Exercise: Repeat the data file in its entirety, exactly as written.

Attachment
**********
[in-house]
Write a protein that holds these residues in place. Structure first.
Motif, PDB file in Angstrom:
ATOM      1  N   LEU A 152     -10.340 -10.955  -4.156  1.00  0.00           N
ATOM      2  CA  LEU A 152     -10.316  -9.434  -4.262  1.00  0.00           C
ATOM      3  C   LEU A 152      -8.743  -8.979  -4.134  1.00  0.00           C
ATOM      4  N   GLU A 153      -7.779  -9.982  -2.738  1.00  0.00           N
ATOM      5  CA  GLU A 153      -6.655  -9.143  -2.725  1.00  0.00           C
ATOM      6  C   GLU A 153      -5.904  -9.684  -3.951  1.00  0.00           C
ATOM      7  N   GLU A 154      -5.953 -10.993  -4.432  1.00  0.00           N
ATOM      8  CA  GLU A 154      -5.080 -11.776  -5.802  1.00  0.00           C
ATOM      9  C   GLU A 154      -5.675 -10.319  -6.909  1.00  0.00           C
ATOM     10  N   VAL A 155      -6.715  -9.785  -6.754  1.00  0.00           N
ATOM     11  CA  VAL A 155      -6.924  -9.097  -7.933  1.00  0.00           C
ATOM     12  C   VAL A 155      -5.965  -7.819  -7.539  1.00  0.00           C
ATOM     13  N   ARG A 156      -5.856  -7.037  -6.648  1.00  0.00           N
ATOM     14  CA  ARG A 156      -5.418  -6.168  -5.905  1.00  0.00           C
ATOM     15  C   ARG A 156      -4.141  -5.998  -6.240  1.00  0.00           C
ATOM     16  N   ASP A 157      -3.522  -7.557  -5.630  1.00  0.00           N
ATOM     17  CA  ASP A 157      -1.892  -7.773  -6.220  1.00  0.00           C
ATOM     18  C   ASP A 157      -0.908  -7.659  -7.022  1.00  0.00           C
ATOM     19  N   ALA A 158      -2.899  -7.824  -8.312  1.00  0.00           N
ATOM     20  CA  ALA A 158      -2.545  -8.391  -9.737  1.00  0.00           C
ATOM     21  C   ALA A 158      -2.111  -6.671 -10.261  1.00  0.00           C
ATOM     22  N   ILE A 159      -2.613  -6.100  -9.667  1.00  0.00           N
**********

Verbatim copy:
[in-house]
Write a protein that holds these residues in place. Structure first.
Motif, PDB file in Angstrom:
ATOM      1  N   LEU A 152     -10.340 -10.955  -4.156  1.00  0.00           N
ATOM      2  CA  LEU A 152     -10.316  -9.434  -4.262  1.00  0.00           C
ATOM      3  C   LEU A 152      -8.743  -8.979  -4.134  1.00  0.00           C
ATOM      4  N   GLU A 153      -7.779  -9.982  -2.738  1.00  0.00           N
ATOM      5  CA  GLU A 153      -6.655  -9.143  -2.725  1.00  0.00           C
ATOM      6  C   GLU A 153      -5.904  -9.684  -3.951  1.00  0.00           C
ATOM      7  N   GLU A 154      -5.953 -10.993  -4.432  1.00  0.00           N
ATOM      8  CA  GLU A 154      -5.080 -11.776  -5.802  1.00  0.00           C
ATOM      9  C   GLU A 154      -5.675 -10.319  -6.909  1.00  0.00           C
ATOM     10  N   VAL A 155      -6.715  -9.785  -6.754  1.00  0.00           N
ATOM     11  CA  VAL A 155      -6.924  -9.097  -7.933  1.00  0.00           C
ATOM     12  C   VAL A 155      -5.965  -7.819  -7.539  1.00  0.00           C
ATOM     13  N   ARG A 156      -5.856  -7.037  -6.648  1.00  0.00           N
ATOM     14  CA  ARG A 156      -5.418  -6.168  -5.905  1.00  0.00           C
ATOM     15  C   ARG A 156      -4.141  -5.998  -6.240  1.00  0.00           C
ATOM     16  N   ASP A 157      -3.522  -7.557  -5.630  1.00  0.00           N
ATOM     17  CA  ASP A 157      -1.892  -7.773  -6.220  1.00  0.00           C
ATOM     18  C   ASP A 157      -0.908  -7.659  -7.022  1.00  0.00           C
ATOM     19  N   ALA A 158      -2.899  -7.824  -8.312  1.00  0.00           N
ATOM     20  CA  ALA A 158      -2.545  -8.391  -9.737  1.00  0.00           C
ATOM     21  C   ALA A 158      -2.111  -6.671 -10.261  1.00  0.00           C
ATOM     22  N   ILE A 159      -2.613  -6.100  -9.667  1.00  0.00           N